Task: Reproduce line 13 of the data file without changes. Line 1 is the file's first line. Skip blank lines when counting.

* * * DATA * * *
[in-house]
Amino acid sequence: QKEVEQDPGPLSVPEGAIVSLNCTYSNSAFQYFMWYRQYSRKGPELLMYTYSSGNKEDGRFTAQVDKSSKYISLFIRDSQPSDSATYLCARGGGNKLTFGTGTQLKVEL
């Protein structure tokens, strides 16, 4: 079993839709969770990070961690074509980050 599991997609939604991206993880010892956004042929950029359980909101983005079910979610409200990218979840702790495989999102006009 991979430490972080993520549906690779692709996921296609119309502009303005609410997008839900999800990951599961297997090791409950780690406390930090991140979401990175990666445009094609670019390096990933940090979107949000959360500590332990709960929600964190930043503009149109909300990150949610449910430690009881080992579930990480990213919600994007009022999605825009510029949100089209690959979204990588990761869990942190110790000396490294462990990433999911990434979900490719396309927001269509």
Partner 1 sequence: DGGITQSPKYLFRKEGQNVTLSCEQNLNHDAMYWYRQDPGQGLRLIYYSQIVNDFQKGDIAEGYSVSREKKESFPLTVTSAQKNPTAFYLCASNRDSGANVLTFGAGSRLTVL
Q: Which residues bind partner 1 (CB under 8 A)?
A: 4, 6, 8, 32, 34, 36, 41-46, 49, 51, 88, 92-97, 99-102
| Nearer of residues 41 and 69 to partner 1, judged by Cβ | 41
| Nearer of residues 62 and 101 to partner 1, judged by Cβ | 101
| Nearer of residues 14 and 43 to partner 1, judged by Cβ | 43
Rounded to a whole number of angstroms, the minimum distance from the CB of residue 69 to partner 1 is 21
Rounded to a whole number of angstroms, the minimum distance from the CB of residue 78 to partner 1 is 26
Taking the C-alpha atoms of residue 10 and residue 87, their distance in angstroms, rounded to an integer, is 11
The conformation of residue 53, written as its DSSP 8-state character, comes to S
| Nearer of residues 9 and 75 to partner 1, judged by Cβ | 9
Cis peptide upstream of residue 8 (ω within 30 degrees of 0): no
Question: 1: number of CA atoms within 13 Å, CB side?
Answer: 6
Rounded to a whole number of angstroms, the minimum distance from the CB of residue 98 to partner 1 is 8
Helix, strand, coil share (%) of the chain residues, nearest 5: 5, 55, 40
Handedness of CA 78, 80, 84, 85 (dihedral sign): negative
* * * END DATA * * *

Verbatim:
The conformation of residue 53, written as its DSSP 8-state character, comes to S